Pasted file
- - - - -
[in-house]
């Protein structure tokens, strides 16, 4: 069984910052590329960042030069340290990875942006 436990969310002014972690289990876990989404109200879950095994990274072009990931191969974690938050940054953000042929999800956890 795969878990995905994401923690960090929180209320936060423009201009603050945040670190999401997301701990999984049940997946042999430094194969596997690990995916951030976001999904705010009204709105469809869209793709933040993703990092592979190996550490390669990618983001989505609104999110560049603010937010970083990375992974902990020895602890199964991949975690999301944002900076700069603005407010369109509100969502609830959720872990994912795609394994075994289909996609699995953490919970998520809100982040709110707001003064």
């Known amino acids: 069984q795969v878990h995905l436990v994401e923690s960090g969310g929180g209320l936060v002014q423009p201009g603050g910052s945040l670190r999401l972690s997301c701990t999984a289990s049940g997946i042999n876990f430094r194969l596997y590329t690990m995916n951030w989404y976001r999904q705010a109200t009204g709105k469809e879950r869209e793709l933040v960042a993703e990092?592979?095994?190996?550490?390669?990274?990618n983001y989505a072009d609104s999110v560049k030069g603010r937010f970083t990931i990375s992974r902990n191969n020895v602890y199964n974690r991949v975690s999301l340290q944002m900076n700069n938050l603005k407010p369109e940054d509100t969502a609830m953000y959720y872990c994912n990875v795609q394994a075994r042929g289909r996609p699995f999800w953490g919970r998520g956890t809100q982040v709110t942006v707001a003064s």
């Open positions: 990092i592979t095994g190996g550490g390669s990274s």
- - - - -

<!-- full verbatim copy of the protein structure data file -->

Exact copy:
[in-house]
């Protein structure tokens, strides 16, 4: 069984910052590329960042030069340290990875942006 436990969310002014972690289990876990989404109200879950095994990274072009990931191969974690938050940054953000042929999800956890 795969878990995905994401923690960090929180209320936060423009201009603050945040670190999401997301701990999984049940997946042999430094194969596997690990995916951030976001999904705010009204709105469809869209793709933040993703990092592979190996550490390669990618983001989505609104999110560049603010937010970083990375992974902990020895602890199964991949975690999301944002900076700069603005407010369109509100969502609830959720872990994912795609394994075994289909996609699995953490919970998520809100982040709110707001003064």
């Known amino acids: 069984q795969v878990h995905l436990v994401e923690s960090g969310g929180g209320l936060v002014q423009p201009g603050g910052s945040l670190r999401l972690s997301c701990t999984a289990s049940g997946i042999n876990f430094r194969l596997y590329t690990m995916n951030w989404y976001r999904q705010a109200t009204g709105k469809e879950r869209e793709l933040v960042a993703e990092?592979?095994?190996?550490?390669?990274?990618n983001y989505a072009d609104s999110v560049k030069g603010r937010f970083t990931i990375s992974r902990n191969n020895v602890y199964n974690r991949v975690s999301l340290q944002m900076n700069n938050l603005k407010p369109e940054d509100t969502a609830m953000y959720y872990c994912n990875v795609q394994a075994r042929g289909r996609p699995f999800w953490g919970r998520g956890t809100q982040v709110t942006v707001a003064s």
């Open positions: 990092i592979t095994g190996g550490g390669s990274s």